CRANAplus Bush Support Services – 1800 805 391
The challenges that face Remote Health Workers in their day to day lives (both at work and just by living remotely) are different than those living with the support found in larger regional and urban areas. CRANAplus’ Bush Support Services recognises this and offers unique and helpful resources that draw on its vast network and specialised knowledge. CRANAplus sees Bush Support Services as vital in retaining a healthy and resilient workforce in the remote sector and makes health worker support a priority.
Through Bush Support Services, CRANAplus is able to provide 24/7 personalised care for remote health workers and their families.
You don’t have to be a member to utilise this service.
CANAplus qualified psychologists are experienced in the remote sector and know first-hand, the best resources for those with unique support needs. They have an understanding that the particular mental health of both Indigenous and non-Indigenous remote health workers is a result of the unique nature of remote work.
It’s free and it’s confidential. You can also remain anonymous at all times, if you wish. Calls from mobile phones to the Bush Support Services 1800 805 391. Toll Free Number can be returned at the caller’s request.
This Way Up provides step-by-step strategies for managing stress, anxiety and low mood.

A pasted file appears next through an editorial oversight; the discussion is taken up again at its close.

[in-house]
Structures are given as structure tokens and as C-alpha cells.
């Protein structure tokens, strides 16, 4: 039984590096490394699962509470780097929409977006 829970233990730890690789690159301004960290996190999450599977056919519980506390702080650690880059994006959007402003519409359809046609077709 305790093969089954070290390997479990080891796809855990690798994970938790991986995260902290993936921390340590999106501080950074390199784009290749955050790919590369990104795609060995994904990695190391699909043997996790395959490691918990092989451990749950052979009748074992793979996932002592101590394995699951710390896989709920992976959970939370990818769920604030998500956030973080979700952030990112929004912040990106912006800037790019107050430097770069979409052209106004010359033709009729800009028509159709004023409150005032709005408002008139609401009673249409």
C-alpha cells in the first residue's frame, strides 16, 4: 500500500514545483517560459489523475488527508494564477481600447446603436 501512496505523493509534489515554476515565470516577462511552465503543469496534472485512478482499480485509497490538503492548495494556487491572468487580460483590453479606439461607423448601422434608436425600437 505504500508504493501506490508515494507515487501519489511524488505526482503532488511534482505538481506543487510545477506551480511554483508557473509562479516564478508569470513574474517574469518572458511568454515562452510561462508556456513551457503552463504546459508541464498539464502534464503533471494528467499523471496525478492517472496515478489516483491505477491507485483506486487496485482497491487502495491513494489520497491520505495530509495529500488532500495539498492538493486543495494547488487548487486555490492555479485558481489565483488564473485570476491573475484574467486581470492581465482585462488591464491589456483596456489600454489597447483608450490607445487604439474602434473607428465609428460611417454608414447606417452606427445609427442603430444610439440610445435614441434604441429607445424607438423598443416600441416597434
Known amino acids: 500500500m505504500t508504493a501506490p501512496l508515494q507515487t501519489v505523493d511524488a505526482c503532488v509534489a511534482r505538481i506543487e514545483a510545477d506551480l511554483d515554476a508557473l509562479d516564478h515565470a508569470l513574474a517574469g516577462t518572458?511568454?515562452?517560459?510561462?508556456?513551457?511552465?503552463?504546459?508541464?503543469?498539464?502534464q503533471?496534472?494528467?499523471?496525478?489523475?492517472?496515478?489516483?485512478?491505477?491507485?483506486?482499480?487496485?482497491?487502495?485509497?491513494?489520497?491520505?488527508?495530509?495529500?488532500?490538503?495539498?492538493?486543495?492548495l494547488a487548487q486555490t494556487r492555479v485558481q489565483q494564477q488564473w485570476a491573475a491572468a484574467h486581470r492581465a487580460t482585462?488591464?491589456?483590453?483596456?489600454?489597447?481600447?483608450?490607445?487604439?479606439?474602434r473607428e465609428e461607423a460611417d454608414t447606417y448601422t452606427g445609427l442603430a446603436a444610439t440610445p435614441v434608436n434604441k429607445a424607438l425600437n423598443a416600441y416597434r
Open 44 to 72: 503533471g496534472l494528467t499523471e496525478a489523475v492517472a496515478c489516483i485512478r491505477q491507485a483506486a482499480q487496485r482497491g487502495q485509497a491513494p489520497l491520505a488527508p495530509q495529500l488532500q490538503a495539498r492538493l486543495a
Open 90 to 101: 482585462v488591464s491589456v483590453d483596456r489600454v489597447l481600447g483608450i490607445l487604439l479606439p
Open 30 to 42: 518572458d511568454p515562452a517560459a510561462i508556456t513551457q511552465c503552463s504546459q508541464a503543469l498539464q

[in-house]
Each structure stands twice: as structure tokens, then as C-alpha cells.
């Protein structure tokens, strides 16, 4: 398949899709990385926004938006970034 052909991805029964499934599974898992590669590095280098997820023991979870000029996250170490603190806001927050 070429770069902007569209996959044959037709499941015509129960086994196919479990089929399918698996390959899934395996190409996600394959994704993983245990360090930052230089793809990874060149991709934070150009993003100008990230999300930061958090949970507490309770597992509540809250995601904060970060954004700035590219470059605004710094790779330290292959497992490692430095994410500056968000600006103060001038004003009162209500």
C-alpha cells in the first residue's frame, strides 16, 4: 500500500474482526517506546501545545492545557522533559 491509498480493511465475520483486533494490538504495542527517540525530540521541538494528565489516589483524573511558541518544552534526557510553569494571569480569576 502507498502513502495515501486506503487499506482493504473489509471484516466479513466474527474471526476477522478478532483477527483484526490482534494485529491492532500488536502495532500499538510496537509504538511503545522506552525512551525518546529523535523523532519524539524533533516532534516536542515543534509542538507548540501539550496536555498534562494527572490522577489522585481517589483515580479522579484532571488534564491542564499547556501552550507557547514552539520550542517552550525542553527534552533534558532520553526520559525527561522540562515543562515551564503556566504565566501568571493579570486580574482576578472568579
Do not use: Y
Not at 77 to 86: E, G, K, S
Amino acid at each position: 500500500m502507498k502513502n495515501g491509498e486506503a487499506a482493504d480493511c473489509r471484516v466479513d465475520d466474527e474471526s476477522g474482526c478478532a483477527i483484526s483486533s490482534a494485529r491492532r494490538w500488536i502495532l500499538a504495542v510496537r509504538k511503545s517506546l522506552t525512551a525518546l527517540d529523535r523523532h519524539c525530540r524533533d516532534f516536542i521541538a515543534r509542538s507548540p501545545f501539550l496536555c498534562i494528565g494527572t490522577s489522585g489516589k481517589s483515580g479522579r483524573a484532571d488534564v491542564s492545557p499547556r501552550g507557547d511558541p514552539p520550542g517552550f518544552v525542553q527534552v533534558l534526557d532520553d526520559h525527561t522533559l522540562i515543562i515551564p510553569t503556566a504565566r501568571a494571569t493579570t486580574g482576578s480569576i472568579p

Their range of tailored online courses are designed to teach you proven psychological skills to transform your thoughts, feelings, and behaviours so you can make a positive change in your life.
This Way Up is run by clinical psychologists, psychiatrists, researchers, and web technicians based at the Clinical Research Unit for Anxiety and Depression (CRUfAD) – a joint facility of St Vincent’s Hospital and the University of New South Wales.
A 27/7 confidental telephone service that provides information, support and referrals for men with family and relationship concerns and is staffed by qualified professionals experienced in men’s issues. Counselling can also be provided online or via video (24 hrs/ 7 day)
The website provides information on relationships, parenting and mental health and wellbeing.
Rural Financial Counsellors are there not only to help identify the types of assistance and options that are open, but to help people look at the big picture and long term for their business. They provide free information and assistance on financial position, budgets and submitting applications to primary producers, fishers and small rural businesses.
NSW Rural Assistance Authority – 1800 678 593 – www.raa.nsw.gov.au
Provides information on financial assistance to primary producers and small businesses in rural NSW.
If you or someone else is in immediate danger, call 000 or go to your nearest hospital emergency department.
If you’re concerned about your own or someone else’s mental health, you can call the NSW Mental Health Line 1800 011 511 for advice.
Having a tough time and need someone to talk to right now? The following services are there to listen and help you out. They are confidential and available 24/7.